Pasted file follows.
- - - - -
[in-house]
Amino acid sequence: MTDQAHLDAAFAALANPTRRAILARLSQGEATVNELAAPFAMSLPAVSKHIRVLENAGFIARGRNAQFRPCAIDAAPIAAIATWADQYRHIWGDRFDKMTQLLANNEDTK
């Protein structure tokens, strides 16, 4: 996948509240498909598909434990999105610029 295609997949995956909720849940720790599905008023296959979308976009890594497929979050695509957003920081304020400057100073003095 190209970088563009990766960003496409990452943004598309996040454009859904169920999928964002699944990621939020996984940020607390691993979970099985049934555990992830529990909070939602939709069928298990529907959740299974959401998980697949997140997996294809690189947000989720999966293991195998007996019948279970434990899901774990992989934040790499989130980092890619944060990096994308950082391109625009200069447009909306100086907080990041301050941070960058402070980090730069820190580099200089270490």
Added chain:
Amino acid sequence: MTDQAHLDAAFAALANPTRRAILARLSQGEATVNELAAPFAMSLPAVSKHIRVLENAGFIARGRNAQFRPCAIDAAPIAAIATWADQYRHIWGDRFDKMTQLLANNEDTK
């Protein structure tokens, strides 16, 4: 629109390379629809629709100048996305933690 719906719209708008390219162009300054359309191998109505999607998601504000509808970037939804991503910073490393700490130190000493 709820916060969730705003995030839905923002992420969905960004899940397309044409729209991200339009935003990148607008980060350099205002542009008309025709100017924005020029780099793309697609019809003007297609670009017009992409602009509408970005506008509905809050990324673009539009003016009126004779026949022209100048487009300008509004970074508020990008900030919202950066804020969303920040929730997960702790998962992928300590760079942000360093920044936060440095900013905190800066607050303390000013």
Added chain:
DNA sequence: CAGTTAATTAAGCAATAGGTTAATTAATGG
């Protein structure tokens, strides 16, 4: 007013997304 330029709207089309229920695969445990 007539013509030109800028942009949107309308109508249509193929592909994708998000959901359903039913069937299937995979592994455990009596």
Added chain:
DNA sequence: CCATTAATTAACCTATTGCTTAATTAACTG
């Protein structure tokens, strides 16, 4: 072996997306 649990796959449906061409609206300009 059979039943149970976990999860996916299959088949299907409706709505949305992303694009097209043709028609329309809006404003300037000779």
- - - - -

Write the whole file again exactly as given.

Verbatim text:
[in-house]
Amino acid sequence: MTDQAHLDAAFAALANPTRRAILARLSQGEATVNELAAPFAMSLPAVSKHIRVLENAGFIARGRNAQFRPCAIDAAPIAAIATWADQYRHIWGDRFDKMTQLLANNEDTK
């Protein structure tokens, strides 16, 4: 996948509240498909598909434990999105610029 295609997949995956909720849940720790599905008023296959979308976009890594497929979050695509957003920081304020400057100073003095 190209970088563009990766960003496409990452943004598309996040454009859904169920999928964002699944990621939020996984940020607390691993979970099985049934555990992830529990909070939602939709069928298990529907959740299974959401998980697949997140997996294809690189947000989720999966293991195998007996019948279970434990899901774990992989934040790499989130980092890619944060990096994308950082391109625009200069447009909306100086907080990041301050941070960058402070980090730069820190580099200089270490």
Added chain:
Amino acid sequence: MTDQAHLDAAFAALANPTRRAILARLSQGEATVNELAAPFAMSLPAVSKHIRVLENAGFIARGRNAQFRPCAIDAAPIAAIATWADQYRHIWGDRFDKMTQLLANNEDTK
């Protein structure tokens, strides 16, 4: 629109390379629809629709100048996305933690 719906719209708008390219162009300054359309191998109505999607998601504000509808970037939804991503910073490393700490130190000493 709820916060969730705003995030839905923002992420969905960004899940397309044409729209991200339009935003990148607008980060350099205002542009008309025709100017924005020029780099793309697609019809003007297609670009017009992409602009509408970005506008509905809050990324673009539009003016009126004779026949022209100048487009300008509004970074508020990008900030919202950066804020969303920040929730997960702790998962992928300590760079942000360093920044936060440095900013905190800066607050303390000013």
Added chain:
DNA sequence: CAGTTAATTAAGCAATAGGTTAATTAATGG
């Protein structure tokens, strides 16, 4: 007013997304 330029709207089309229920695969445990 007539013509030109800028942009949107309308109508249509193929592909994708998000959901359903039913069937299937995979592994455990009596």
Added chain:
DNA sequence: CCATTAATTAACCTATTGCTTAATTAACTG
């Protein structure tokens, strides 16, 4: 072996997306 649990796959449906061409609206300009 059979039943149970976990999860996916299959088949299907409706709505949305992303694009097209043709028609329309809006404003300037000779």